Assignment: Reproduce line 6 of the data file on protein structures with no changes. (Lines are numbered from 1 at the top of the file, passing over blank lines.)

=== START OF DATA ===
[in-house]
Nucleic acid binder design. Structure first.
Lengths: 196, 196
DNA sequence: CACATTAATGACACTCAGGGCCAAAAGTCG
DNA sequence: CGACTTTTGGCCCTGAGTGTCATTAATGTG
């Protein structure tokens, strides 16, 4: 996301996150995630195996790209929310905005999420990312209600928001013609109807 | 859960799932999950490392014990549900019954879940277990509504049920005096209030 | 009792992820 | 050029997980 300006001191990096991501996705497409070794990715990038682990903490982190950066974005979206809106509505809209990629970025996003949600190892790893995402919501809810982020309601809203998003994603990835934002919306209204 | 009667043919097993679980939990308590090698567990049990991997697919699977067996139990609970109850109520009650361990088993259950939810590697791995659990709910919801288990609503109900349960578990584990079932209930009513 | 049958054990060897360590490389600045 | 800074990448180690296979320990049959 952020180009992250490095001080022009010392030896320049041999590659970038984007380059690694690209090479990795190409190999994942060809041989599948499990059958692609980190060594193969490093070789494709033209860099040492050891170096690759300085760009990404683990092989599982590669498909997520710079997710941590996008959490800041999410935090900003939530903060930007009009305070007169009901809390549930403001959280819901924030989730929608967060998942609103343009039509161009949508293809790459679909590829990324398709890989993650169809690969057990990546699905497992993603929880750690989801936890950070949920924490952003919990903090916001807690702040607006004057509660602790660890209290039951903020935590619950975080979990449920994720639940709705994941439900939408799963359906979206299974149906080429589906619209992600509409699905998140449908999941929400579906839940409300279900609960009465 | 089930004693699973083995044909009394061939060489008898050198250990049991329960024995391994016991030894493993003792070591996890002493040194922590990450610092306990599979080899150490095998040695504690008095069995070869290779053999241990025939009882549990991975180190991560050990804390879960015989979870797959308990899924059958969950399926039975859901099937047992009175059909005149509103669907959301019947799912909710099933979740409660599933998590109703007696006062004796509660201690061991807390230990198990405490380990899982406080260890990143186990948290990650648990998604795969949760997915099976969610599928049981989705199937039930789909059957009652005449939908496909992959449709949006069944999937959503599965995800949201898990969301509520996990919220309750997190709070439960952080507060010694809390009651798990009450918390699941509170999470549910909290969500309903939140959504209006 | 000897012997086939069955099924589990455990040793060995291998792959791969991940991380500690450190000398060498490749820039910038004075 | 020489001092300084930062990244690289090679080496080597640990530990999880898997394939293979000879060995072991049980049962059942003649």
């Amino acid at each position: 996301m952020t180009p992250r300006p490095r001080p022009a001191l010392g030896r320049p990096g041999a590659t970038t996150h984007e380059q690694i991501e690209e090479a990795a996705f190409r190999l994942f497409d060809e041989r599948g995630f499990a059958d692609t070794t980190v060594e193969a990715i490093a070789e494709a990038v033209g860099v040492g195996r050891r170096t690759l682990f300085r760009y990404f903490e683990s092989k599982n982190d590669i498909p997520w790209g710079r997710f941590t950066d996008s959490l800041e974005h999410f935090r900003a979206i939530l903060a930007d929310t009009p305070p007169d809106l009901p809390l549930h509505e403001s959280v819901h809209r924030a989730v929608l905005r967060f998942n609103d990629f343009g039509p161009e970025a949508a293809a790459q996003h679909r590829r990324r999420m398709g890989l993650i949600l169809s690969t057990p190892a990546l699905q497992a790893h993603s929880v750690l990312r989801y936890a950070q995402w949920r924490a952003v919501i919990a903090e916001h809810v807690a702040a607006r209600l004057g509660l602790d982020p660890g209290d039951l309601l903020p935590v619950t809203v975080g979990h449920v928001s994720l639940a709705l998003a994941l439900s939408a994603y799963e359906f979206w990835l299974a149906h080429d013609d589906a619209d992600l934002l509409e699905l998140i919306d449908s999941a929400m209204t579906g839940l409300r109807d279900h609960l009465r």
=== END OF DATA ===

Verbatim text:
């Protein structure tokens, strides 16, 4: 996301996150995630195996790209929310905005999420990312209600928001013609109807 | 859960799932999950490392014990549900019954879940277990509504049920005096209030 | 009792992820 | 050029997980 300006001191990096991501996705497409070794990715990038682990903490982190950066974005979206809106509505809209990629970025996003949600190892790893995402919501809810982020309601809203998003994603990835934002919306209204 | 009667043919097993679980939990308590090698567990049990991997697919699977067996139990609970109850109520009650361990088993259950939810590697791995659990709910919801288990609503109900349960578990584990079932209930009513 | 049958054990060897360590490389600045 | 800074990448180690296979320990049959 952020180009992250490095001080022009010392030896320049041999590659970038984007380059690694690209090479990795190409190999994942060809041989599948499990059958692609980190060594193969490093070789494709033209860099040492050891170096690759300085760009990404683990092989599982590669498909997520710079997710941590996008959490800041999410935090900003939530903060930007009009305070007169009901809390549930403001959280819901924030989730929608967060998942609103343009039509161009949508293809790459679909590829990324398709890989993650169809690969057990990546699905497992993603929880750690989801936890950070949920924490952003919990903090916001807690702040607006004057509660602790660890209290039951903020935590619950975080979990449920994720639940709705994941439900939408799963359906979206299974149906080429589906619209992600509409699905998140449908999941929400579906839940409300279900609960009465 | 089930004693699973083995044909009394061939060489008898050198250990049991329960024995391994016991030894493993003792070591996890002493040194922590990450610092306990599979080899150490095998040695504690008095069995070869290779053999241990025939009882549990991975180190991560050990804390879960015989979870797959308990899924059958969950399926039975859901099937047992009175059909005149509103669907959301019947799912909710099933979740409660599933998590109703007696006062004796509660201690061991807390230990198990405490380990899982406080260890990143186990948290990650648990998604795969949760997915099976969610599928049981989705199937039930789909059957009652005449939908496909992959449709949006069944999937959503599965995800949201898990969301509520996990919220309750997190709070439960952080507060010694809390009651798990009450918390699941509170999470549910909290969500309903939140959504209006 | 000897012997086939069955099924589990455990040793060995291998792959791969991940991380500690450190000398060498490749820039910038004075 | 020489001092300084930062990244690289090679080496080597640990530990999880898997394939293979000879060995072991049980049962059942003649």